In the last 50 years, humanity’s progress in the development of science and technology has advanced exponentially. As medicine and healthcare have advanced alongside these innovations, novel opportunities have arisen for us to integrate health maintenance into our daily lives. Smart devices are a convenience that have already become ubiquitous in modern life. Today, the average U.S. household has more than 10 connected devices, meaning nearly every home in the country with reliable internet access can connect virtually with a healthcare provider anywhere in the world at any given time. Today, more healthcare providers than ever are taking advantage of telehealth technology to take better care of their existing patients, and bring access to new ones.
What is RPM?
In recent years, a subcategory of telehealth services has shown great promise for improving quality of care and patient outcomes, especially in the context of chronic disease. RPM, or remote patient monitoring, sometimes called remote patient management, is a model of care that has demonstrated significant value to patients, providers, and health plans alike. Although RPM can involve the use of older technology intended for at-home use, like weight scales and blood pressure cuffs, its current relevance is highlighted by advancements in technology that allow for real-time collection of patient data, with blood pressure cuffs that can automatically transmit readings over their own built-in cellular connection, and continuous glucose monitoring devices that can grant providers around-the-clock access, and prompt customized clinical interventions without the need for an office visit, or even a conversation.
When should RPM be used?
Typically, the setting in which any measure of healthcare innovation has the greatest potential for impact is in the treatment of chronic disease. Because of the sheer number of those affected, high costs associated with their treatment, and their progressive and incurable nature, the management of chronic disease leaves plenty of room for improvement, providing the greatest opportunity for the success of RPM. In the U.S. alone, chronic conditions account for $3.5 trillion in spending each year, roughly 90% of all healthcare costs. The effective use of RPM, and the insight it can provide, allows healthcare providers the opportunity to treat their patients proactively with the goal of preventing disease progression, diminished quality of life, and costlier treatments. These measurable real-world benefits of RPM result from increasing patient access to healthcare providers, while improving the efficiency of the treatment process. With the increasing popularity and uptake of RPM programs, experts in the field have estimated that RPM has the potential to save the U.S. healthcare system billions of dollars each year by more effectively addressing these chronic conditions.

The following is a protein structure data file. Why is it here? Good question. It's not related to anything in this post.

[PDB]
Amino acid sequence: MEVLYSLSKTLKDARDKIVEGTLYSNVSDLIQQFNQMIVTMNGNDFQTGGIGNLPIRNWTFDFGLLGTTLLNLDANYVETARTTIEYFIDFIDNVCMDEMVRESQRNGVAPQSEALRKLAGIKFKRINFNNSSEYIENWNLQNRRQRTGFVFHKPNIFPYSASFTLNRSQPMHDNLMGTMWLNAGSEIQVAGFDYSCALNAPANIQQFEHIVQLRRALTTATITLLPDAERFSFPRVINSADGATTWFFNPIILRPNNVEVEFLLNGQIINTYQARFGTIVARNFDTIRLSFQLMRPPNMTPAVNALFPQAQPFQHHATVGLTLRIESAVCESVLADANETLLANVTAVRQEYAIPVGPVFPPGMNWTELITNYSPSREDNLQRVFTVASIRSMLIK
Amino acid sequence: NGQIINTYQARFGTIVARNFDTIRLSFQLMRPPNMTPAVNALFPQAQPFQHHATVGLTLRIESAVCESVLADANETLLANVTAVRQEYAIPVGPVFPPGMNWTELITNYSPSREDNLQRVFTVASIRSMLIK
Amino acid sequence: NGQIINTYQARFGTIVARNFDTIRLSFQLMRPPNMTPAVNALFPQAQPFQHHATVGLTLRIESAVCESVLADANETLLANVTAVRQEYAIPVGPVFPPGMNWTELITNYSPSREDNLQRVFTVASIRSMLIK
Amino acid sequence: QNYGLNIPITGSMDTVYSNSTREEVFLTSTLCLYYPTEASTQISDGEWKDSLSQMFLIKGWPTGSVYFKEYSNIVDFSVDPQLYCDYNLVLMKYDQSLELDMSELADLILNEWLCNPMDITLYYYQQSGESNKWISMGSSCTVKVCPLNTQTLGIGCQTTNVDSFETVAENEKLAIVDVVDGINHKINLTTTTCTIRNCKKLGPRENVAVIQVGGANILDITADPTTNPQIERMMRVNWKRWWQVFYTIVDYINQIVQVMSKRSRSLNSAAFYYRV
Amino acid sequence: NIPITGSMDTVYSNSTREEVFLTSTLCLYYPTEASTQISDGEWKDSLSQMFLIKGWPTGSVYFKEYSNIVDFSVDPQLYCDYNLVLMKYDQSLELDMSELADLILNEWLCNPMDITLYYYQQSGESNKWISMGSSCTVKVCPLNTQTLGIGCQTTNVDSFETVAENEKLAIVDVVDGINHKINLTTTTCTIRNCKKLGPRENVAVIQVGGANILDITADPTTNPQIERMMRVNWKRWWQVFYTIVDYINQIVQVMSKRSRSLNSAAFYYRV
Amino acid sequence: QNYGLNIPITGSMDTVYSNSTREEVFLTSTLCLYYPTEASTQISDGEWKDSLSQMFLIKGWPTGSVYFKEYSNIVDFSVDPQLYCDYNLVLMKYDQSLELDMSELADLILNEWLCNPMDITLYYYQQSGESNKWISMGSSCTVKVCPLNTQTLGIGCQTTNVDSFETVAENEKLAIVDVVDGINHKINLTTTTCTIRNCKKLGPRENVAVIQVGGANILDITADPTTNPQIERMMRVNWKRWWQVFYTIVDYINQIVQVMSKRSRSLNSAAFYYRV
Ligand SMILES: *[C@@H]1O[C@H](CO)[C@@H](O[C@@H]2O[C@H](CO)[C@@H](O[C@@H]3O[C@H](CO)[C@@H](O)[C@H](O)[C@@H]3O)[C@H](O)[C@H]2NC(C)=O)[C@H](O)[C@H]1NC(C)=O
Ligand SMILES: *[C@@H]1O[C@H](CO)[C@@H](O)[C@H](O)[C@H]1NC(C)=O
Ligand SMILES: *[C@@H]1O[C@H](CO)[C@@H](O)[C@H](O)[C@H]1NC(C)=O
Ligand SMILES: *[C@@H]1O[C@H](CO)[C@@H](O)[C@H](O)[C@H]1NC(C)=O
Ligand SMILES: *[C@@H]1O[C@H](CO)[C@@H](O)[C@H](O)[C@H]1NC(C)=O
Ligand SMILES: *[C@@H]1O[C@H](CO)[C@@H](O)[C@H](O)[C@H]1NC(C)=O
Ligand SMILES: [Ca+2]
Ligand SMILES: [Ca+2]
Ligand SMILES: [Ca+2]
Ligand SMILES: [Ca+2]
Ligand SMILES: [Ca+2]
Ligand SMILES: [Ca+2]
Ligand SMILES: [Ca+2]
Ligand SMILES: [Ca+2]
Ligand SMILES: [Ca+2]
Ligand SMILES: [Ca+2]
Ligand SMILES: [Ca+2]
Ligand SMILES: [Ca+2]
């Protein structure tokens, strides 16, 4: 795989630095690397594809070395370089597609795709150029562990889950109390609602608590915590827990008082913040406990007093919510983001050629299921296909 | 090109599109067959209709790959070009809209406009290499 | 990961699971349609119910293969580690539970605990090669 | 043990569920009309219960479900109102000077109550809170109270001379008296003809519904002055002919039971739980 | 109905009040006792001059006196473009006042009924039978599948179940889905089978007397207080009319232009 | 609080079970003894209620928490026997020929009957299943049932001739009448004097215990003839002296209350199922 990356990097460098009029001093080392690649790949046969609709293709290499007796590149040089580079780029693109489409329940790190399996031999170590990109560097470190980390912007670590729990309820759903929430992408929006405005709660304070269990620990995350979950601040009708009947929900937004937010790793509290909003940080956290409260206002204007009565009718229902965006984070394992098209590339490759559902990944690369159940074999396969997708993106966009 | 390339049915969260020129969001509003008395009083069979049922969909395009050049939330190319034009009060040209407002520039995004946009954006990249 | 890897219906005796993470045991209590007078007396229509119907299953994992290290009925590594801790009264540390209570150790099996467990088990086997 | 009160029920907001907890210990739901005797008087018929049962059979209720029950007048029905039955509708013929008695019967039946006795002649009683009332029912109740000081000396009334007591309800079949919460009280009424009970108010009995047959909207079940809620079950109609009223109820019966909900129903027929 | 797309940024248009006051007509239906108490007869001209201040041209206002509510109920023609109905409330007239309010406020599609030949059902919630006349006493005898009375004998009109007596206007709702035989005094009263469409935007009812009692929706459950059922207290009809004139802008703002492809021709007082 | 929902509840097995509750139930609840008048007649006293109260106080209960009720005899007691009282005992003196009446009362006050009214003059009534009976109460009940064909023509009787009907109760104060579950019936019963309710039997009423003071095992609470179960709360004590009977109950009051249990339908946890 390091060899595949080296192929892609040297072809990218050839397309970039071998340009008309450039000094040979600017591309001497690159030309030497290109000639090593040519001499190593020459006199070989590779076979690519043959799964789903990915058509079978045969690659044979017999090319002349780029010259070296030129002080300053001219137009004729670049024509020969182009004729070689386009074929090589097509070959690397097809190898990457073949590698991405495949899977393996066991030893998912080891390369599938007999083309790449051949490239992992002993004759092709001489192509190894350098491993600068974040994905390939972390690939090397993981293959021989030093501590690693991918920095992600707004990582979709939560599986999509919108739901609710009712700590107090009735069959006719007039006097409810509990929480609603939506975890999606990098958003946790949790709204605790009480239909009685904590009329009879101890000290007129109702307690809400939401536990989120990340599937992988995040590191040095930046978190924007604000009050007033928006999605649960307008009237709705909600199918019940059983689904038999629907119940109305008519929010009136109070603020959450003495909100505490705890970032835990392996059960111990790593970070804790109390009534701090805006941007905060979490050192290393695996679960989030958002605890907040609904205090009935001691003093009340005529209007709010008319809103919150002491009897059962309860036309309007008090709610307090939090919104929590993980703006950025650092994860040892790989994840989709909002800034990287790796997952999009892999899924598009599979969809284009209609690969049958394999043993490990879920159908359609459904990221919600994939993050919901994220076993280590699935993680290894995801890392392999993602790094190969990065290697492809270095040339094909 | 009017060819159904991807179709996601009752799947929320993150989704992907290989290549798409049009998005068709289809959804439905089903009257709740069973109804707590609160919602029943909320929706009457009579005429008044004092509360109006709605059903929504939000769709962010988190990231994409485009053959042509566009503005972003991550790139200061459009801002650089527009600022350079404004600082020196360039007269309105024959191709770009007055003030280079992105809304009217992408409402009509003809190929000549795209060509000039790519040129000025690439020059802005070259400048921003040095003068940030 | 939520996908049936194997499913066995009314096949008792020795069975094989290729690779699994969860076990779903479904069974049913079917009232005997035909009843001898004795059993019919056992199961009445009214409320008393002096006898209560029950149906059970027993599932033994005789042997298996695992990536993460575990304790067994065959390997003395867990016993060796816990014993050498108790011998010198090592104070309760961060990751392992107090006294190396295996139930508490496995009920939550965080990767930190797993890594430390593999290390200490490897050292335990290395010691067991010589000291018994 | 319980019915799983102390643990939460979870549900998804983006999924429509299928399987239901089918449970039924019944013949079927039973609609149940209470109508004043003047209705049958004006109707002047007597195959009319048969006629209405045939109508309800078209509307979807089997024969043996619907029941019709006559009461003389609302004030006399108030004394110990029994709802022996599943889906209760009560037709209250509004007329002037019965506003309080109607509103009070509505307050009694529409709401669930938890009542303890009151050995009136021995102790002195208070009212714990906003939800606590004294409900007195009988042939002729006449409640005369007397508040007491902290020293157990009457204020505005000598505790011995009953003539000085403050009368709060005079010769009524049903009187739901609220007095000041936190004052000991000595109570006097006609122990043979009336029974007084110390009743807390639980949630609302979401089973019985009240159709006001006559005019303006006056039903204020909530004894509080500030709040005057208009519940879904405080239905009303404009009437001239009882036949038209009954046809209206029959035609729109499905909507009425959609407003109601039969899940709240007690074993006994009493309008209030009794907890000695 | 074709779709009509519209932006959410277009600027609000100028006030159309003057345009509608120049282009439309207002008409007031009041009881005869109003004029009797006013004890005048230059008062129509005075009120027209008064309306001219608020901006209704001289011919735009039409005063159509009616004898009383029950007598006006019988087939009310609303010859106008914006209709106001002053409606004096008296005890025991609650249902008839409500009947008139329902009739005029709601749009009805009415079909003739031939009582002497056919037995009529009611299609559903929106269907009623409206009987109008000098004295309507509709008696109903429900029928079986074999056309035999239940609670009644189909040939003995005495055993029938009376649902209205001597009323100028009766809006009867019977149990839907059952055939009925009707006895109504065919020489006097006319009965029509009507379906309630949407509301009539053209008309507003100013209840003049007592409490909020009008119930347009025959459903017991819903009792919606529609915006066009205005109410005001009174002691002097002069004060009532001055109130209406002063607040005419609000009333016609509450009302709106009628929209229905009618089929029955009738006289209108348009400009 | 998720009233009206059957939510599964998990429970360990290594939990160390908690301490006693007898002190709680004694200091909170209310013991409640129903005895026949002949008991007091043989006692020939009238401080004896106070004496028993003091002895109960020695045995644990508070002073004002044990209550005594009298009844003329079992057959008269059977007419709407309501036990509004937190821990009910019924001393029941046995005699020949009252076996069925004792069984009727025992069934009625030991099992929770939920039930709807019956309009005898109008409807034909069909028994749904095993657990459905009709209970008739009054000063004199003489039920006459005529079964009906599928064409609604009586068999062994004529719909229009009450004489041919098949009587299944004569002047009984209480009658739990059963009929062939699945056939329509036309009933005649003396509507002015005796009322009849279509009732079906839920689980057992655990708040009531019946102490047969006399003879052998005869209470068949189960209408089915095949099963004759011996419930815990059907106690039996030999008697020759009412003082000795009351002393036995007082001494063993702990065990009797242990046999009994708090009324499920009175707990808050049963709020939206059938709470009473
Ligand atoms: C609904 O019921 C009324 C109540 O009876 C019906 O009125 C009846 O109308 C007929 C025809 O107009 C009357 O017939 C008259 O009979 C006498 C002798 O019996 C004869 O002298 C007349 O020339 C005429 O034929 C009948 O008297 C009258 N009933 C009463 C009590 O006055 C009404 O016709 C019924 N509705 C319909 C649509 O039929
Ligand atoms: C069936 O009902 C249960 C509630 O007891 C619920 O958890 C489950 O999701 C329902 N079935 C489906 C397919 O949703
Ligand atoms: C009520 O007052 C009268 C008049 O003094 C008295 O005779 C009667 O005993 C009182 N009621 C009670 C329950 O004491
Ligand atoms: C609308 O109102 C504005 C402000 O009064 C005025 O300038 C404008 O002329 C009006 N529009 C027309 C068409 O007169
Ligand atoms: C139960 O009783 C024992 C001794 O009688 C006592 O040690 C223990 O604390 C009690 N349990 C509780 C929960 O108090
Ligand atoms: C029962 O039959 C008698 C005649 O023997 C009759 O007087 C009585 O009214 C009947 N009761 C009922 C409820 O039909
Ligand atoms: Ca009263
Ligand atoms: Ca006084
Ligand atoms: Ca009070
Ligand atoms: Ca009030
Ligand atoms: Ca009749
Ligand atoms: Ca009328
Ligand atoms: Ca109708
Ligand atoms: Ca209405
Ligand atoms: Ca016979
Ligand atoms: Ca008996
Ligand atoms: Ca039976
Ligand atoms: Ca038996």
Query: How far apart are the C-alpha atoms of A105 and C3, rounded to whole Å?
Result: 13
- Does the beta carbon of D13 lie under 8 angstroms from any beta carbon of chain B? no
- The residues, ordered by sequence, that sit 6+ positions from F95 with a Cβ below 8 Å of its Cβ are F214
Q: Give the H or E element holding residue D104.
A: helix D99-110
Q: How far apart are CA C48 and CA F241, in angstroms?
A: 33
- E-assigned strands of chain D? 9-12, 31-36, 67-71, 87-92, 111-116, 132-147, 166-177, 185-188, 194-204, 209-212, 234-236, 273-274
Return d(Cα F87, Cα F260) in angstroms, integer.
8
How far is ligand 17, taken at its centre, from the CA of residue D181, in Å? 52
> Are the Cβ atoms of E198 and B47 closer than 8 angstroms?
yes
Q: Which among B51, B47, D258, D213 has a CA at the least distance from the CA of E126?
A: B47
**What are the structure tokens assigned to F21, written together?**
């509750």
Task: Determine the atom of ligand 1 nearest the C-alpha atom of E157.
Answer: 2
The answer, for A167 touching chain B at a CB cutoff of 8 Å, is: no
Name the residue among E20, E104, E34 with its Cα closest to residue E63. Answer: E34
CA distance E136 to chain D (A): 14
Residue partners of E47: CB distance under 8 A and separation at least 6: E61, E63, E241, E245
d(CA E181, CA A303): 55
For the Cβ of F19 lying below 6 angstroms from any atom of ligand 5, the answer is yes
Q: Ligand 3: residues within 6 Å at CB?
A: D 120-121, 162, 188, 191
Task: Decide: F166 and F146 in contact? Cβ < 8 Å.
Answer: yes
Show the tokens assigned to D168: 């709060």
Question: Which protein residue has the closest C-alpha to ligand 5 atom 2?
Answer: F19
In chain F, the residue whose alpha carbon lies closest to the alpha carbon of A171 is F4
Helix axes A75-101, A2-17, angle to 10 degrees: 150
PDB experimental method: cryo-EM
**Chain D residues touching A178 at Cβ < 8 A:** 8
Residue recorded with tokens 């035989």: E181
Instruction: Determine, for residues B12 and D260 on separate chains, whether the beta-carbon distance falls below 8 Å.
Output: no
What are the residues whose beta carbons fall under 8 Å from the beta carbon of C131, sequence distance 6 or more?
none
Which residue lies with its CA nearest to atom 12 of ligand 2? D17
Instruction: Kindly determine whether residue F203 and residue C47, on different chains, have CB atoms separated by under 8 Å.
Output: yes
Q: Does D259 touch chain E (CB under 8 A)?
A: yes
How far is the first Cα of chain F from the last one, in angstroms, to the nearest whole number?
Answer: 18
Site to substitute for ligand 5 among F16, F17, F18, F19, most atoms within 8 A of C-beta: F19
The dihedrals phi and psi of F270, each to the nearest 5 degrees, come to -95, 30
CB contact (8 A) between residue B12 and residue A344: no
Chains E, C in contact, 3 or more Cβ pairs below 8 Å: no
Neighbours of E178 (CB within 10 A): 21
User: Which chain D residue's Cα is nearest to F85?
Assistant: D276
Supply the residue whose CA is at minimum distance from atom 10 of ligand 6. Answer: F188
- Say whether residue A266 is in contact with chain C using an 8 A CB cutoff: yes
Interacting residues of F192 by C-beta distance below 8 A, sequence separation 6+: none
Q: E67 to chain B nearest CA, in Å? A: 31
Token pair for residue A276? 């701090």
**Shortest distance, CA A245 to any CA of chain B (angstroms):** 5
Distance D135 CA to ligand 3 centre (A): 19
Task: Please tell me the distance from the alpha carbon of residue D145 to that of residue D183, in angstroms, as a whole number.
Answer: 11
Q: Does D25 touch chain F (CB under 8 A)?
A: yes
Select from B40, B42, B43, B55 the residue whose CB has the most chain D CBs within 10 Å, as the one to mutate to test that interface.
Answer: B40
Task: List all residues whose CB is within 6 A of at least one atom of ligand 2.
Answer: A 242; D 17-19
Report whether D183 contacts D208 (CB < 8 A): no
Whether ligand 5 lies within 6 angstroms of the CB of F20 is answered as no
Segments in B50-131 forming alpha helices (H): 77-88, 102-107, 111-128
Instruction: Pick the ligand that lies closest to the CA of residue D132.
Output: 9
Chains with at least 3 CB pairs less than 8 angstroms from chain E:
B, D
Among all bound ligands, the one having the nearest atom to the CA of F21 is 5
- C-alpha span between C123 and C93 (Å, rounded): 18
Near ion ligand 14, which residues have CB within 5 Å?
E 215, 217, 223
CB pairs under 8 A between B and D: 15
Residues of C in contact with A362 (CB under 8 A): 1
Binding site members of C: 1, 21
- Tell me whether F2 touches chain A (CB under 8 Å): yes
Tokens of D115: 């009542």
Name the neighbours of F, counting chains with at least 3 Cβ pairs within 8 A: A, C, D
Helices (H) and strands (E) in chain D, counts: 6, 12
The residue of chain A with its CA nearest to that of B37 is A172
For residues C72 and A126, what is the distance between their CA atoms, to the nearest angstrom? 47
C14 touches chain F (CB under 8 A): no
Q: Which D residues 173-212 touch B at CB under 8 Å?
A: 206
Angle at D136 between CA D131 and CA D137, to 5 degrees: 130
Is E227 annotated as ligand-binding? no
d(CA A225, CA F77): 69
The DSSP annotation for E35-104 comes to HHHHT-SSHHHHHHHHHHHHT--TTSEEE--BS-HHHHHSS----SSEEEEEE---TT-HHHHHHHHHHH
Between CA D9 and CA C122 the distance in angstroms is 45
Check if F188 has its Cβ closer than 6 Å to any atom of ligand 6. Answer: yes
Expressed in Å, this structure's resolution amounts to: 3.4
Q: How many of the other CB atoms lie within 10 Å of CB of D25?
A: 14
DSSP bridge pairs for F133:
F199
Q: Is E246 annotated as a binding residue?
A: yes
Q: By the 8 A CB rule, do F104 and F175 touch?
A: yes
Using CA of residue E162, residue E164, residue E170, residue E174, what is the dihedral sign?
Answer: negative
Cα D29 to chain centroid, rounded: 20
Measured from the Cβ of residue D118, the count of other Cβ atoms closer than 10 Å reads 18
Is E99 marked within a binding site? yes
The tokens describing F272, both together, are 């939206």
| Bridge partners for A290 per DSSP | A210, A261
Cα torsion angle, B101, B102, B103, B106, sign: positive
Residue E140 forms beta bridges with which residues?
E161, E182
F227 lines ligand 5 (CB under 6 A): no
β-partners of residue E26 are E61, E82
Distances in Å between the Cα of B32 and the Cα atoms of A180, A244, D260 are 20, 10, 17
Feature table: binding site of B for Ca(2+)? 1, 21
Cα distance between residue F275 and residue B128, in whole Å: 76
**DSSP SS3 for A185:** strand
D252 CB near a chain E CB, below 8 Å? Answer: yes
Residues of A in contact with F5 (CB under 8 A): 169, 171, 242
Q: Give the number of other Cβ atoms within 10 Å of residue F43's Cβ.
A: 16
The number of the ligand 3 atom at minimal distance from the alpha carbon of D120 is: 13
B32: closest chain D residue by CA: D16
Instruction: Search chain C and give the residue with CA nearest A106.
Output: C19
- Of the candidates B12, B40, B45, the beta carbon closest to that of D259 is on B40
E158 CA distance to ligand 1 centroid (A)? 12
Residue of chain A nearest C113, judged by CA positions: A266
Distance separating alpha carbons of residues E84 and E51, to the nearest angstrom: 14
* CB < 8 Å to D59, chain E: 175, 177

Who can benefit from RPM?
High-cost chronic conditions such as cardiovascular disease impacts 120 million people in the U.S., with heart disease and stroke costing the U.S. healthcare system around $200 billion each year, with an additional $130 billion lost in productivity. Diabetes costs the U.S. a combined $325 million annually in healthcare costs and lost productivity, while asthma and COPD contribute to a combined $50 billion per year, in addition to causing more than 16 million days of absences for U.S. workers every year.
Who is using RPM?
Several healthcare organizations have already implemented their own RPM programs, with great success in patient populations with conditions like heart failure, diabetes, and even high-risk pregnancy. Multiple studies have demonstrated that RPM has the capacity to reduce total cost of care not only through implementing more efficient strategies, but also by direct improvement of health outcomes, saving thousands by slowing disease progression, and reducing the need for acute care and hospital admissions. For example, research conducted by the Veterans Health Administration found that the benefits of their RPM programs were able to reduce hospitalizations by up to 40% for some diseases, and lowered the total cost of care for their patient population by $6,500 per patient. Savings and benefits generated by RPM models aren’t limited to payers and patients. Providers can expect compensation for the services they provide, with a growing number of public and private insurers offering reimbursement for RPM. During the constant change in productivity due to COVID, telehealth provides a way to provide continuity of care and maintain productivity for clinical staff, if managed properly.
With the implementation of new and innovative care models like RPM, payers and providers alike can impact the health of their members or patients, in a way that benefits all parties involved. If you are interested in learning how RPM can improve your organization or practice, please reach out to the Profero Team for in-depth guidance on valuation, strategy and integration!
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